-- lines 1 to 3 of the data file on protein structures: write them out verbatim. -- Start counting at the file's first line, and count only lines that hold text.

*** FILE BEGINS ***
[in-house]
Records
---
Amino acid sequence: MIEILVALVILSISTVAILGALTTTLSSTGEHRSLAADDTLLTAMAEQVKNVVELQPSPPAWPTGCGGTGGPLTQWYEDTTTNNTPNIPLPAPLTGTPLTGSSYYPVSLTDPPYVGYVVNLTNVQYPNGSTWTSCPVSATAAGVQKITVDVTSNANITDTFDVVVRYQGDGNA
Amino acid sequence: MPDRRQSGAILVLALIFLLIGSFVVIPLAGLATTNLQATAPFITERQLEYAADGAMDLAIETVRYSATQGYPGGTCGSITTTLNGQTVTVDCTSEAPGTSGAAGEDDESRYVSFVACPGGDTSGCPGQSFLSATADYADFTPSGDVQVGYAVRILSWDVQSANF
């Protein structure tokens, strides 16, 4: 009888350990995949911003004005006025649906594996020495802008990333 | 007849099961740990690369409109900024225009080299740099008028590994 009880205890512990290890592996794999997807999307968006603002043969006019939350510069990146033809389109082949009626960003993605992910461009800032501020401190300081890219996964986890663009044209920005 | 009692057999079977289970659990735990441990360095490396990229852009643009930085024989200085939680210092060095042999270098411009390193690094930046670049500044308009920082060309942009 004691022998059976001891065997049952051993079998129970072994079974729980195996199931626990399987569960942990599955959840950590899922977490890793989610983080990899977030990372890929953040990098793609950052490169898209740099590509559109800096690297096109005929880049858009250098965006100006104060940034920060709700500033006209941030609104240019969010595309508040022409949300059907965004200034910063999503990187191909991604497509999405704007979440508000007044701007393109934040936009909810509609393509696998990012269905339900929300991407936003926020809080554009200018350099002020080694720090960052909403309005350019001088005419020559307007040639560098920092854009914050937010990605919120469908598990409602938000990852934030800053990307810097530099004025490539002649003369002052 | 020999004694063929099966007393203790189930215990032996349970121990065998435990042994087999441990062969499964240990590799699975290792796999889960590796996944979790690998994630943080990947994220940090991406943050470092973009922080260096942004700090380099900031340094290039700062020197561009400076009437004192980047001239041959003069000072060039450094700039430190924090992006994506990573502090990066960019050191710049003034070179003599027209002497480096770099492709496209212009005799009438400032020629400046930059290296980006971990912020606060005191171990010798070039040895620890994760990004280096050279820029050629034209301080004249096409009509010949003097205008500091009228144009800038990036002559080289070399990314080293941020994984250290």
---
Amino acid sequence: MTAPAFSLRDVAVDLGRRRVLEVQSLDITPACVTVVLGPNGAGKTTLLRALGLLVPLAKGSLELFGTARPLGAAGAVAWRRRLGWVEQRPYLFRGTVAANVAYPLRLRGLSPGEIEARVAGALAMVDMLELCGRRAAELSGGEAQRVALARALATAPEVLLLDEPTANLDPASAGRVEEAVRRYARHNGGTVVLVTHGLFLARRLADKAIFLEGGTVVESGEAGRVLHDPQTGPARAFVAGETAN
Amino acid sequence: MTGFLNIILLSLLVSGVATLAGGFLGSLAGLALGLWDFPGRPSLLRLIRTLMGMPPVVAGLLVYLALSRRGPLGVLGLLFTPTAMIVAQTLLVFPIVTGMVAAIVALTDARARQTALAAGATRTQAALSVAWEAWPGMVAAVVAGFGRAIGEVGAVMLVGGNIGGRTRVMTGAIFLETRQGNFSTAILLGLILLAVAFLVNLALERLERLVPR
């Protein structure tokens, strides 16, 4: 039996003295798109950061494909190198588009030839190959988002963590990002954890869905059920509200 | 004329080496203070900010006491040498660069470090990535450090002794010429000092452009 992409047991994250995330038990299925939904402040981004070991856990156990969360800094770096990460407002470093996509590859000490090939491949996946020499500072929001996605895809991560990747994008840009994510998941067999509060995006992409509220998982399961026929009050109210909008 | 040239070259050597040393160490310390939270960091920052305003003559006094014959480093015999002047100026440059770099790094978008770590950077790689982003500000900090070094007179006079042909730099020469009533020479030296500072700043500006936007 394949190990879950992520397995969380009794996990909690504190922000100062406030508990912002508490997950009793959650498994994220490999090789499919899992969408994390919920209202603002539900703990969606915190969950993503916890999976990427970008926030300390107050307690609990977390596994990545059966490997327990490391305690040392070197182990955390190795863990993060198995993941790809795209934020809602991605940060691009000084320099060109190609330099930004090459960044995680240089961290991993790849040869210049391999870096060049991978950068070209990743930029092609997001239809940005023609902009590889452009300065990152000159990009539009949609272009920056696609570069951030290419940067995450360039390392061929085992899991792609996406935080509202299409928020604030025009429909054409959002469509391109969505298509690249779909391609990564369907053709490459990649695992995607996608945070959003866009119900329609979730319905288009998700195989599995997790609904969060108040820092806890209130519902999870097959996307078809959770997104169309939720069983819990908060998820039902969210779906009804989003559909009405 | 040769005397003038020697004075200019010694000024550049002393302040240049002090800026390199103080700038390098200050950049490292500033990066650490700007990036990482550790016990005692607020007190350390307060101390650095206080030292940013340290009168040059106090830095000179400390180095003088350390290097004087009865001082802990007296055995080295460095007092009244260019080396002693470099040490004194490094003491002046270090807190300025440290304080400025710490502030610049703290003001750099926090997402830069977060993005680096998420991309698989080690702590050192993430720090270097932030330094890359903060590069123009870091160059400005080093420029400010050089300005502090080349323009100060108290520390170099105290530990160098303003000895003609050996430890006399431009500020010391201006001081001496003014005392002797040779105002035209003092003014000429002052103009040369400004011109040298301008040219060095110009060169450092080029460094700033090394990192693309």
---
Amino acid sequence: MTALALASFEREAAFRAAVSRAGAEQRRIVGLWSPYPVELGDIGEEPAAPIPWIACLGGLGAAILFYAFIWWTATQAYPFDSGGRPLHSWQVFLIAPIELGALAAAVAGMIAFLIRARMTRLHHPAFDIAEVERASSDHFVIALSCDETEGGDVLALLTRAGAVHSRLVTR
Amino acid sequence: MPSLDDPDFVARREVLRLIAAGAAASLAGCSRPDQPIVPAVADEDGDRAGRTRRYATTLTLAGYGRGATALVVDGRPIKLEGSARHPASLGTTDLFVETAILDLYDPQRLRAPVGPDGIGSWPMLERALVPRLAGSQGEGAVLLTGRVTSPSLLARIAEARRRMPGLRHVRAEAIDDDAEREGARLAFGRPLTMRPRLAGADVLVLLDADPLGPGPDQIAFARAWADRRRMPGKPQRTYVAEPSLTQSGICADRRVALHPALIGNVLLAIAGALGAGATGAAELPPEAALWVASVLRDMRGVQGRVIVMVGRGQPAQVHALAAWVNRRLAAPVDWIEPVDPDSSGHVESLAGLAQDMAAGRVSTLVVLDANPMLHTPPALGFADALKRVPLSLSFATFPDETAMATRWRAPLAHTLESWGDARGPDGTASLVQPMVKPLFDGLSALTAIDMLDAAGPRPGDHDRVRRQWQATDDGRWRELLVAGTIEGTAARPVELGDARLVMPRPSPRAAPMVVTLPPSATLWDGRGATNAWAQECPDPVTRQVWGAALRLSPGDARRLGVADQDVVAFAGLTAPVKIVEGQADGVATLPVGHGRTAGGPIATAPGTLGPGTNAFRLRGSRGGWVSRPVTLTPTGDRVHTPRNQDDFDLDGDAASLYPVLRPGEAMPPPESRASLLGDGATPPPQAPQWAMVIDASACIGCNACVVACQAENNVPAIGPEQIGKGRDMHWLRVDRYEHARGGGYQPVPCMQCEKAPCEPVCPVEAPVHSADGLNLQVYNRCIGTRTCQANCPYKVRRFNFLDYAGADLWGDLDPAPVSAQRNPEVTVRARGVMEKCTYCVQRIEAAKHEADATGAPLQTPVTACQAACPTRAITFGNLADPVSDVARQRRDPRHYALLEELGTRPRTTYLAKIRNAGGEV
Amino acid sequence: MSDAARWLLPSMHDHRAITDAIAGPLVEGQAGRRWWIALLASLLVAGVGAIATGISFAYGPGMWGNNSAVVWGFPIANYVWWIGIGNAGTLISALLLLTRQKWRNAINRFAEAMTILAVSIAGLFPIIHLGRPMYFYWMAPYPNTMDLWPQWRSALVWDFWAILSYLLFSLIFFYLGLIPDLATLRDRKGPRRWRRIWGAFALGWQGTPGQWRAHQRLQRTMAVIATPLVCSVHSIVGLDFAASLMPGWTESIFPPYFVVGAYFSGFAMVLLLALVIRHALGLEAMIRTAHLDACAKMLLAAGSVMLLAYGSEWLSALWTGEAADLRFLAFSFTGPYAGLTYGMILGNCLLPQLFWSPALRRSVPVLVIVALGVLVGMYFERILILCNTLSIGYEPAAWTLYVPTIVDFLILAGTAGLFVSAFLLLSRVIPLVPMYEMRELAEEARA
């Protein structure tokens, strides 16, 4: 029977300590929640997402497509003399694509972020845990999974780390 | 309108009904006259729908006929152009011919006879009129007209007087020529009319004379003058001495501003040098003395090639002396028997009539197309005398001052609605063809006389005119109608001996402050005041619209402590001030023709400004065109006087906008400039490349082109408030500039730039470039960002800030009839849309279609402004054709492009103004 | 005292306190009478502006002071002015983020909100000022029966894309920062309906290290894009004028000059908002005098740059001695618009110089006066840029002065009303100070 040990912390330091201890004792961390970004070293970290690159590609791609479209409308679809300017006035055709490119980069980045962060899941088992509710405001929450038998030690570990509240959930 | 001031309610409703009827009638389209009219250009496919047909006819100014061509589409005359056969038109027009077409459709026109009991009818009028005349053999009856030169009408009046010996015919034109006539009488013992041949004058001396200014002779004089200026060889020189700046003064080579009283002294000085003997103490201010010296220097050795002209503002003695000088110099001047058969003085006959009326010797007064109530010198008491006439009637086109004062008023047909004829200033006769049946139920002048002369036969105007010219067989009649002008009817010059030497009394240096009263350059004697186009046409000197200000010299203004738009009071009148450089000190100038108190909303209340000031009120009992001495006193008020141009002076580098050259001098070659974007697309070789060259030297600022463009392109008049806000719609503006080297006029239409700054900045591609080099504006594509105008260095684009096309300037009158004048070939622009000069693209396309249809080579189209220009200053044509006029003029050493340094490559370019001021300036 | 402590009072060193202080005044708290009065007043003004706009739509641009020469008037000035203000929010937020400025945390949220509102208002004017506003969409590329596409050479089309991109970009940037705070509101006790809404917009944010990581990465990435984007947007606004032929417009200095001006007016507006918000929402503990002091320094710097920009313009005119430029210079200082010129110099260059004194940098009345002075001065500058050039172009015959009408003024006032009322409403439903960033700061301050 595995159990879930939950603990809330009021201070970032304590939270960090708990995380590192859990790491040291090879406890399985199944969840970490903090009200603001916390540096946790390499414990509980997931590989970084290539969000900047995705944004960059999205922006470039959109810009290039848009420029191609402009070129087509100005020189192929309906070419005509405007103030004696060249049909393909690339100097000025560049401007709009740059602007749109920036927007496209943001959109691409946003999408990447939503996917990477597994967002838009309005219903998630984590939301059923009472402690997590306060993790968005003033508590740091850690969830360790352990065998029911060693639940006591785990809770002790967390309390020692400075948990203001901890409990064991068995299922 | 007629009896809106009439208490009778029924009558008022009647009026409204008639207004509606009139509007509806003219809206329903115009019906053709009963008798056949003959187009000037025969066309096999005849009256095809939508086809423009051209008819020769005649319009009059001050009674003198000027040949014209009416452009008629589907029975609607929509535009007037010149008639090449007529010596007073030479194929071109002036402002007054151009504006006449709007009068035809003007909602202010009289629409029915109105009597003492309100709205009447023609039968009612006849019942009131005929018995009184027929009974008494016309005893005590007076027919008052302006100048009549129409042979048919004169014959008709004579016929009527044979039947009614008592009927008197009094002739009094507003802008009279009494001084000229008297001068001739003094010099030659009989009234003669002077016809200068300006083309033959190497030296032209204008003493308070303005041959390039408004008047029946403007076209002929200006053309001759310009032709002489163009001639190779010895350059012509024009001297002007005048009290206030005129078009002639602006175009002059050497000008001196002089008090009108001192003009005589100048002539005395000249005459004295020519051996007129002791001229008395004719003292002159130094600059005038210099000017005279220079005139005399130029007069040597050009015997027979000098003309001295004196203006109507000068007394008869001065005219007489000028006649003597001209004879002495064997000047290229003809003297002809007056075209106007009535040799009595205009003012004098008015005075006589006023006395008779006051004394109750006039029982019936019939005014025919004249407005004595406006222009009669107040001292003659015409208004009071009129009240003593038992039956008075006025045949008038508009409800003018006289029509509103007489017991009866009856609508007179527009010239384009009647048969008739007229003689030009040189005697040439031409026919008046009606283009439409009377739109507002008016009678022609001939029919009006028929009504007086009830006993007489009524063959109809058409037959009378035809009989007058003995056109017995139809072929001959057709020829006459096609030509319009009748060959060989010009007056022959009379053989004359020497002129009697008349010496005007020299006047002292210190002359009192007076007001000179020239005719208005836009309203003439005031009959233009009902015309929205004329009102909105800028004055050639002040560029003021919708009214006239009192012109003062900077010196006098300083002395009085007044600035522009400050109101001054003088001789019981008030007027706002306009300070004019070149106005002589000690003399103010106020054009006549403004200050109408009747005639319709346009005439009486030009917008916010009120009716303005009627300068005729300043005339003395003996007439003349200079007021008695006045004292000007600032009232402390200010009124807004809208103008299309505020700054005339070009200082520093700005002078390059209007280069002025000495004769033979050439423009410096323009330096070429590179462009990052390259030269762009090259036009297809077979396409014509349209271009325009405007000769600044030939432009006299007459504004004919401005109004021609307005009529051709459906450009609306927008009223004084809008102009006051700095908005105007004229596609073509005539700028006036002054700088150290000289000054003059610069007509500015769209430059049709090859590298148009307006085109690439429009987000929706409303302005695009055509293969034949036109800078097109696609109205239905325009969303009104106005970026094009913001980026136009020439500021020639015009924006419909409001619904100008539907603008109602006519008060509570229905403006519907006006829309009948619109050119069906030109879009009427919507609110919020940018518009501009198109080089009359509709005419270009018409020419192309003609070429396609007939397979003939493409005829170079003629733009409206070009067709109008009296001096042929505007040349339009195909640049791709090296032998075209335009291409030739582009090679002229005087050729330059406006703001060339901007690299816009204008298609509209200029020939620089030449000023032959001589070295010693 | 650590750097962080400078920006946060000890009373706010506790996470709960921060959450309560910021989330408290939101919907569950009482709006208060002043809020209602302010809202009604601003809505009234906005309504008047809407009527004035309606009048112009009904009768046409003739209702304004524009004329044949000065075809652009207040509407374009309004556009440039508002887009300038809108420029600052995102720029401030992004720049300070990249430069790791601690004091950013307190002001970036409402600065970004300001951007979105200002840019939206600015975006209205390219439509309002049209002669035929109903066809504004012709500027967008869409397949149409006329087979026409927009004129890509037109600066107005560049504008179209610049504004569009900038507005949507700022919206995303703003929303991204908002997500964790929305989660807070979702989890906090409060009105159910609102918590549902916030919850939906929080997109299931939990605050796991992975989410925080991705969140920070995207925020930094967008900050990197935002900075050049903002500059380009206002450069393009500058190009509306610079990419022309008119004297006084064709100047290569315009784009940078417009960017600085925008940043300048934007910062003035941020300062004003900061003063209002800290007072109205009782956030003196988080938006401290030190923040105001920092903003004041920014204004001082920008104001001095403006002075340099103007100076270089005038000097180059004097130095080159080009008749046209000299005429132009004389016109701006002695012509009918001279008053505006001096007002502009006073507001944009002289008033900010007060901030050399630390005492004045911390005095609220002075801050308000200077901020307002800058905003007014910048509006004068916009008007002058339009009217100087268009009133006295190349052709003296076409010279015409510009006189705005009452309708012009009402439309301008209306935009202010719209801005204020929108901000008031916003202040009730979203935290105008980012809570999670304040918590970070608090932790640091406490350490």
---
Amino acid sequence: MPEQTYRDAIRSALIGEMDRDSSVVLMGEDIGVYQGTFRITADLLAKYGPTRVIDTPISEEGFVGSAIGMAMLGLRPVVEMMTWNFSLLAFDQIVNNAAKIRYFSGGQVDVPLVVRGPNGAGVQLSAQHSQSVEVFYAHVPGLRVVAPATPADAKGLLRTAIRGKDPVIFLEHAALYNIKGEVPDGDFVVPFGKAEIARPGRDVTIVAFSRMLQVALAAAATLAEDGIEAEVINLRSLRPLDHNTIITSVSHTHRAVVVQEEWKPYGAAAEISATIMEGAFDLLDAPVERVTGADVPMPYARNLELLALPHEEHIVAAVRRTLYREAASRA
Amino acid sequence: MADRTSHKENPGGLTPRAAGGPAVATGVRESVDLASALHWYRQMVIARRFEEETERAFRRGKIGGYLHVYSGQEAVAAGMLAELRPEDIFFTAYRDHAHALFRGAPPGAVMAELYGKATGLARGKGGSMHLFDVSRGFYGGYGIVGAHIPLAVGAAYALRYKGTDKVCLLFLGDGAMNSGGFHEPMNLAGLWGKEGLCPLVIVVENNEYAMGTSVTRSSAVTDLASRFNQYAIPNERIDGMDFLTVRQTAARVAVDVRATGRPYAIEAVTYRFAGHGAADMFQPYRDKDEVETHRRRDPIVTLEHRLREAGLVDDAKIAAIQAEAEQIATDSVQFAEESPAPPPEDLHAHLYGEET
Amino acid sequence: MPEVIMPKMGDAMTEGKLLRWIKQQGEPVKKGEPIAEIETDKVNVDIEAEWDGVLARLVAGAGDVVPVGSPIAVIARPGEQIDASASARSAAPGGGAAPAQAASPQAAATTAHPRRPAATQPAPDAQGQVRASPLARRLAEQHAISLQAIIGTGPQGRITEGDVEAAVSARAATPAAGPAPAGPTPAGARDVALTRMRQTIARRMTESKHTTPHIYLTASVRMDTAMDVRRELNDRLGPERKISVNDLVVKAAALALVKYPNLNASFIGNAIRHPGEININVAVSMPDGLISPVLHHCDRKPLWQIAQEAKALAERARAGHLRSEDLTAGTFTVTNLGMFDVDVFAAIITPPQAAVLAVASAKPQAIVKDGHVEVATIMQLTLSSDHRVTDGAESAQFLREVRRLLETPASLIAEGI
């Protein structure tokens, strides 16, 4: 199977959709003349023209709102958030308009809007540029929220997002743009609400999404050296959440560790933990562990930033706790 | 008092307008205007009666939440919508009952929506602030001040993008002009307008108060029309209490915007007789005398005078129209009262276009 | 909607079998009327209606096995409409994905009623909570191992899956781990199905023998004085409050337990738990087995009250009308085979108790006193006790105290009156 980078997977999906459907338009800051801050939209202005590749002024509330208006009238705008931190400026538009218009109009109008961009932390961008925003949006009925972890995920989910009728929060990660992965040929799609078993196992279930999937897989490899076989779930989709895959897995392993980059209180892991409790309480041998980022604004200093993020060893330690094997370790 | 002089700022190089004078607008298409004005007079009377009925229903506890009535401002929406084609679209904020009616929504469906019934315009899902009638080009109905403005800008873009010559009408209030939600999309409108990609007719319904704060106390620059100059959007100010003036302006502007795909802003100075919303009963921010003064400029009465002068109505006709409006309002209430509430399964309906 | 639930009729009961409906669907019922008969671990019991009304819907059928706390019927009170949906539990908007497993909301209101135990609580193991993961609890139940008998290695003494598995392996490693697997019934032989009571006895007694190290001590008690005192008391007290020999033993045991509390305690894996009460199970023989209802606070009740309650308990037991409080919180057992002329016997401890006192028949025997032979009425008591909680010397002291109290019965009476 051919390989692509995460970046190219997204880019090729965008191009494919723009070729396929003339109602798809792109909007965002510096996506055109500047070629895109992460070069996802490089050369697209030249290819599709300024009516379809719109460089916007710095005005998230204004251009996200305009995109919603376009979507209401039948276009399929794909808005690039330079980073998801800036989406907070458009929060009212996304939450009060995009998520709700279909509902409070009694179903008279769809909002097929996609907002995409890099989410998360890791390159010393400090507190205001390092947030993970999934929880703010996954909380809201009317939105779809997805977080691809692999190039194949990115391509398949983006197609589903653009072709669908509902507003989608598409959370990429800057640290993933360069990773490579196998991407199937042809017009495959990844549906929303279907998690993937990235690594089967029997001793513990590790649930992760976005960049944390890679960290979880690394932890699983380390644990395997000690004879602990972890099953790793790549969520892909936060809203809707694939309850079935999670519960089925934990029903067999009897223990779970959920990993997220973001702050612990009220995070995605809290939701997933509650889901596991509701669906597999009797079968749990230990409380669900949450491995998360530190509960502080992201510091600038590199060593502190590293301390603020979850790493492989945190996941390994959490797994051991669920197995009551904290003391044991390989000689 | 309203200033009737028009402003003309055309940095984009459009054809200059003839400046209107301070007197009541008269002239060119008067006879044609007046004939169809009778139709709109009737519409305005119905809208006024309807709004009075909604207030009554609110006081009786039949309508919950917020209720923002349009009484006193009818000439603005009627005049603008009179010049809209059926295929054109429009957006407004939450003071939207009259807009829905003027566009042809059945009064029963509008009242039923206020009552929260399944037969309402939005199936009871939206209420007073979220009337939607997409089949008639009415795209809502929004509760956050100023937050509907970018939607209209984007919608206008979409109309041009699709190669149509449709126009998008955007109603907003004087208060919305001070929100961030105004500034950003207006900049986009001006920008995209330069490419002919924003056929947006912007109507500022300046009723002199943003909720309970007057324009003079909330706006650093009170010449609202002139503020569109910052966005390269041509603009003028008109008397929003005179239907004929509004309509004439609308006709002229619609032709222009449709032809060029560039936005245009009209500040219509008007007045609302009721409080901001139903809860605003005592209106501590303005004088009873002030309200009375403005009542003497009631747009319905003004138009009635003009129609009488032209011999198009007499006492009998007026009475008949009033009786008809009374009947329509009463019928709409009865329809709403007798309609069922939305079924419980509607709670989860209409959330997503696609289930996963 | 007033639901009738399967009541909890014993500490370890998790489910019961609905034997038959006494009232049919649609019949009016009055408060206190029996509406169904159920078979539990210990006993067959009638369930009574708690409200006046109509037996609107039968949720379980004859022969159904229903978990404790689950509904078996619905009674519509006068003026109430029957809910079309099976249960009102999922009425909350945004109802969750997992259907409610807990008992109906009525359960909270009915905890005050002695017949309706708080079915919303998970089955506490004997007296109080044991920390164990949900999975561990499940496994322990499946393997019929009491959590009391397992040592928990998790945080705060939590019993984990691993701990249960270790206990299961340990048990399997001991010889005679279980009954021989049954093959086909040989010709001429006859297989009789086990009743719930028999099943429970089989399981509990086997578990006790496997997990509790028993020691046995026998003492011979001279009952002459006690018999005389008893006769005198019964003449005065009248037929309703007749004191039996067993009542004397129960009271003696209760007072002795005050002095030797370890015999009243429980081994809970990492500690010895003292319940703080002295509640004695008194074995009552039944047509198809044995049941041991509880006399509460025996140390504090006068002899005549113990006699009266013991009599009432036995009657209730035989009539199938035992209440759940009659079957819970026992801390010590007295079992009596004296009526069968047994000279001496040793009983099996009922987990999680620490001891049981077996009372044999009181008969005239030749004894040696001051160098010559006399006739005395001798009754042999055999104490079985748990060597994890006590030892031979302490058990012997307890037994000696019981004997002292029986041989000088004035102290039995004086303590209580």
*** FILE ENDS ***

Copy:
[in-house]
Records
---